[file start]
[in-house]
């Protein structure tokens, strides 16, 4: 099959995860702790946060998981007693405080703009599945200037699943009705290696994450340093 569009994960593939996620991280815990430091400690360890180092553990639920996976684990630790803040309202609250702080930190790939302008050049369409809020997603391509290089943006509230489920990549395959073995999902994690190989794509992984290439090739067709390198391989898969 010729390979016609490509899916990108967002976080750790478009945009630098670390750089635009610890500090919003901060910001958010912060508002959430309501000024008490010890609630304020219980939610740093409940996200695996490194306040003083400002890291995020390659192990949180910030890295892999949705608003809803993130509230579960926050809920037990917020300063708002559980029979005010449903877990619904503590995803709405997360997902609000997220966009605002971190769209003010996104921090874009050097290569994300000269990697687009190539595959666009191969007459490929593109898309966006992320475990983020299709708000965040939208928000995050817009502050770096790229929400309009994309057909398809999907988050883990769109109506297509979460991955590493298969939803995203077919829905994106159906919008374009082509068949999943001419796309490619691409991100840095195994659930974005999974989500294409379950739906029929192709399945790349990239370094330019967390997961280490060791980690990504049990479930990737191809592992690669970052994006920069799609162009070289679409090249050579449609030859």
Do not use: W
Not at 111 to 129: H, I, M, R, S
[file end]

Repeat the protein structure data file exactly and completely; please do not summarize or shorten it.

[in-house]
């Protein structure tokens, strides 16, 4: 099959995860702790946060998981007693405080703009599945200037699943009705290696994450340093 569009994960593939996620991280815990430091400690360890180092553990639920996976684990630790803040309202609250702080930190790939302008050049369409809020997603391509290089943006509230489920990549395959073995999902994690190989794509992984290439090739067709390198391989898969 010729390979016609490509899916990108967002976080750790478009945009630098670390750089635009610890500090919003901060910001958010912060508002959430309501000024008490010890609630304020219980939610740093409940996200695996490194306040003083400002890291995020390659192990949180910030890295892999949705608003809803993130509230579960926050809920037990917020300063708002559980029979005010449903877990619904503590995803709405997360997902609000997220966009605002971190769209003010996104921090874009050097290569994300000269990697687009190539595959666009191969007459490929593109898309966006992320475990983020299709708000965040939208928000995050817009502050770096790229929400309009994309057909398809999907988050883990769109109506297509979460991955590493298969939803995203077919829905994106159906919008374009082509068949999943001419796309490619691409991100840095195994659930974005999974989500294409379950739906029929192709399945790349990239370094330019967390997961280490060791980690990504049990479930990737191809592992690669970052994006920069799609162009070289679409090249050579449609030859």
Do not use: W
Not at 111 to 129: H, I, M, R, S